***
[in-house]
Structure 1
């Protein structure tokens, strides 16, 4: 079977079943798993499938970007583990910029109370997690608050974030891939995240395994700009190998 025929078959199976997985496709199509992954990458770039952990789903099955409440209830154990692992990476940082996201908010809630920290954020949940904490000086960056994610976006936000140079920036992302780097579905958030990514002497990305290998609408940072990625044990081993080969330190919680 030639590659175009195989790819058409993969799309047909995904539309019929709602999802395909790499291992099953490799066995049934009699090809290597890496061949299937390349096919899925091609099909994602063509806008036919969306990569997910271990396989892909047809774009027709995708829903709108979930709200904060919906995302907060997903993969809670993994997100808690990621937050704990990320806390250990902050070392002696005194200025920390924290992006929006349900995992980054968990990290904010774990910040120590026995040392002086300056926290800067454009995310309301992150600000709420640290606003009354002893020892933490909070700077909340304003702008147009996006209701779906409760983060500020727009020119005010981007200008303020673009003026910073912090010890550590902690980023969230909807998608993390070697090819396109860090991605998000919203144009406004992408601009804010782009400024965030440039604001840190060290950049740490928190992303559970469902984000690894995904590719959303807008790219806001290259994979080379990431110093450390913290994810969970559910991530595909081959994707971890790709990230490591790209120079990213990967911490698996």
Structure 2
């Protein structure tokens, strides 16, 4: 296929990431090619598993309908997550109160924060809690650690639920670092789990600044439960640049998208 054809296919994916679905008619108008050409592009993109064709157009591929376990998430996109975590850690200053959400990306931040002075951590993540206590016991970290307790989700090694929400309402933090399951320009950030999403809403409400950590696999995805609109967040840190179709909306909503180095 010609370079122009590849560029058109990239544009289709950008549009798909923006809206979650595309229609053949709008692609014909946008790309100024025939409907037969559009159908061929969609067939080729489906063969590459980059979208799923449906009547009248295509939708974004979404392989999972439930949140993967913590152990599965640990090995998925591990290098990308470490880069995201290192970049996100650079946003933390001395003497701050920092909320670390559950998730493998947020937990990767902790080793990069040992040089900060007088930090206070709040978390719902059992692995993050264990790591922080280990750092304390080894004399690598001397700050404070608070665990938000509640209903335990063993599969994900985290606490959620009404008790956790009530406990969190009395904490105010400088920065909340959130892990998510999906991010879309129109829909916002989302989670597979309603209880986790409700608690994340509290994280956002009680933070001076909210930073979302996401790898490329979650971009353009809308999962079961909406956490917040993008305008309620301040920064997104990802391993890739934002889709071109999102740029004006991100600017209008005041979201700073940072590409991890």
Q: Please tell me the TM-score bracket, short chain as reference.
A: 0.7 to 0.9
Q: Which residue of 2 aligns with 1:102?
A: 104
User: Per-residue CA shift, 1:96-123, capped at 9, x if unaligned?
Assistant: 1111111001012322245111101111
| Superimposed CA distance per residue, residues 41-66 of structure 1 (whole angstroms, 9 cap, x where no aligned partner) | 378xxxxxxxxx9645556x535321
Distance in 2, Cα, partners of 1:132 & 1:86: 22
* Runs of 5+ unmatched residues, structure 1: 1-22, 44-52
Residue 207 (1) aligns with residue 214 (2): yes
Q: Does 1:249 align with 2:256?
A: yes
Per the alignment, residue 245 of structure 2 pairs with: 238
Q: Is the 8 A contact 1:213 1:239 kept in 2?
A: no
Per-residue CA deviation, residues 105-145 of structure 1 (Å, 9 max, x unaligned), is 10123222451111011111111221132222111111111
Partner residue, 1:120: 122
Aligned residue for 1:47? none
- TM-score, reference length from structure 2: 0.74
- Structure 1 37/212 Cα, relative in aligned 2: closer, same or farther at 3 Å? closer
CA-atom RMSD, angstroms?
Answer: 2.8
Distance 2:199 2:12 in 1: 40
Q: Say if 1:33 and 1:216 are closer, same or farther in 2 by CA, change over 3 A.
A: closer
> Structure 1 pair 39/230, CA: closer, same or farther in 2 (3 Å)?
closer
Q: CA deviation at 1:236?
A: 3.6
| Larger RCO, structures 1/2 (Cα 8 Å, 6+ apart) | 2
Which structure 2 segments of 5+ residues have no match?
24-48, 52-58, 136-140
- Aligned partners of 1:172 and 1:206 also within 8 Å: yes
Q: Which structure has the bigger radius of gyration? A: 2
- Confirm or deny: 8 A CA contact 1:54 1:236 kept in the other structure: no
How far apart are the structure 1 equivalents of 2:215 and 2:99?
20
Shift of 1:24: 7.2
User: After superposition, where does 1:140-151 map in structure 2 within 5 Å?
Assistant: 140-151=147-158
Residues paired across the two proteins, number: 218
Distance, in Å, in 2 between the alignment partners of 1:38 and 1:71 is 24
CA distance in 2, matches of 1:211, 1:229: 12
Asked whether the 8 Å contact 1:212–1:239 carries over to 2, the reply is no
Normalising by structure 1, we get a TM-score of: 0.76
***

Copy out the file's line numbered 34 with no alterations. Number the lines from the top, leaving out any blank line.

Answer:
A: 3.6